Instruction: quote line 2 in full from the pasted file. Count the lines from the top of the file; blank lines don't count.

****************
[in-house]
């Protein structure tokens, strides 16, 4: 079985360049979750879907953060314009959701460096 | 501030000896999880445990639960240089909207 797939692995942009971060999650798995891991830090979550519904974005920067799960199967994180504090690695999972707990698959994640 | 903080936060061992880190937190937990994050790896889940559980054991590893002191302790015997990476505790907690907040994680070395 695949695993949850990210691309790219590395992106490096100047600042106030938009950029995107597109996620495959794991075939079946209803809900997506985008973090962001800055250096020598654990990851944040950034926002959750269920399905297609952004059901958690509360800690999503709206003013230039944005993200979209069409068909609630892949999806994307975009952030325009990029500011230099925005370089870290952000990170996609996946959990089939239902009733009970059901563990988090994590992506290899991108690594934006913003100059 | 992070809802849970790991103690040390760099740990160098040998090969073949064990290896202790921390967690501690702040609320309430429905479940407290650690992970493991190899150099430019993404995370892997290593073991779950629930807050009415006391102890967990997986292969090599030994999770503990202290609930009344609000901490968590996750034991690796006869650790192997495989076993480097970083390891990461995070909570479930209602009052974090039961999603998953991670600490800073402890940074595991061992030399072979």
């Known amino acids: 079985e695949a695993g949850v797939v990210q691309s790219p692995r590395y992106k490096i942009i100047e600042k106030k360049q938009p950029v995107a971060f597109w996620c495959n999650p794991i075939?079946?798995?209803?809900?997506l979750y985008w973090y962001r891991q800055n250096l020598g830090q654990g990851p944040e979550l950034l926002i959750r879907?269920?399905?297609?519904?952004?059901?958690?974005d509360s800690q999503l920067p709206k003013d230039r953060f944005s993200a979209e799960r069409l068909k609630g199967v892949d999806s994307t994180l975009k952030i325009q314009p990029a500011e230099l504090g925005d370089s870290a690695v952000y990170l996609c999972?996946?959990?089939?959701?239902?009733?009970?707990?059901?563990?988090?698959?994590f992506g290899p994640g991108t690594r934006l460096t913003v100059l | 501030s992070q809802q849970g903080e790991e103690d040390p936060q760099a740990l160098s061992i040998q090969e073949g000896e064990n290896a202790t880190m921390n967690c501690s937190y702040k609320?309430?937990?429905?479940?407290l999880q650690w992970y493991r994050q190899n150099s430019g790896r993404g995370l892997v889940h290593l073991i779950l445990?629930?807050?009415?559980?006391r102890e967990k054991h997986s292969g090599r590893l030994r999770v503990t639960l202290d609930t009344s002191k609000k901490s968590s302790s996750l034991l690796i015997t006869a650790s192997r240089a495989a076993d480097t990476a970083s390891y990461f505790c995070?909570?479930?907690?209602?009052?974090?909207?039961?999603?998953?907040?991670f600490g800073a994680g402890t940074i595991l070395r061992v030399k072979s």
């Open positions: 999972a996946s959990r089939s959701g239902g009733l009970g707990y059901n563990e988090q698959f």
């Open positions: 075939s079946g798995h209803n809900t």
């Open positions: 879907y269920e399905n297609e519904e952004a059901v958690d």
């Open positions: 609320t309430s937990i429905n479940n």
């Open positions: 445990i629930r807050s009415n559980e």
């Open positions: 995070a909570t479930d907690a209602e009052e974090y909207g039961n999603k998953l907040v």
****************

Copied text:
């Protein structure tokens, strides 16, 4: 079985360049979750879907953060314009959701460096 | 501030000896999880445990639960240089909207 797939692995942009971060999650798995891991830090979550519904974005920067799960199967994180504090690695999972707990698959994640 | 903080936060061992880190937190937990994050790896889940559980054991590893002191302790015997990476505790907690907040994680070395 695949695993949850990210691309790219590395992106490096100047600042106030938009950029995107597109996620495959794991075939079946209803809900997506985008973090962001800055250096020598654990990851944040950034926002959750269920399905297609952004059901958690509360800690999503709206003013230039944005993200979209069409068909609630892949999806994307975009952030325009990029500011230099925005370089870290952000990170996609996946959990089939239902009733009970059901563990988090994590992506290899991108690594934006913003100059 | 992070809802849970790991103690040390760099740990160098040998090969073949064990290896202790921390967690501690702040609320309430429905479940407290650690992970493991190899150099430019993404995370892997290593073991779950629930807050009415006391102890967990997986292969090599030994999770503990202290609930009344609000901490968590996750034991690796006869650790192997495989076993480097970083390891990461995070909570479930209602009052974090039961999603998953991670600490800073402890940074595991061992030399072979």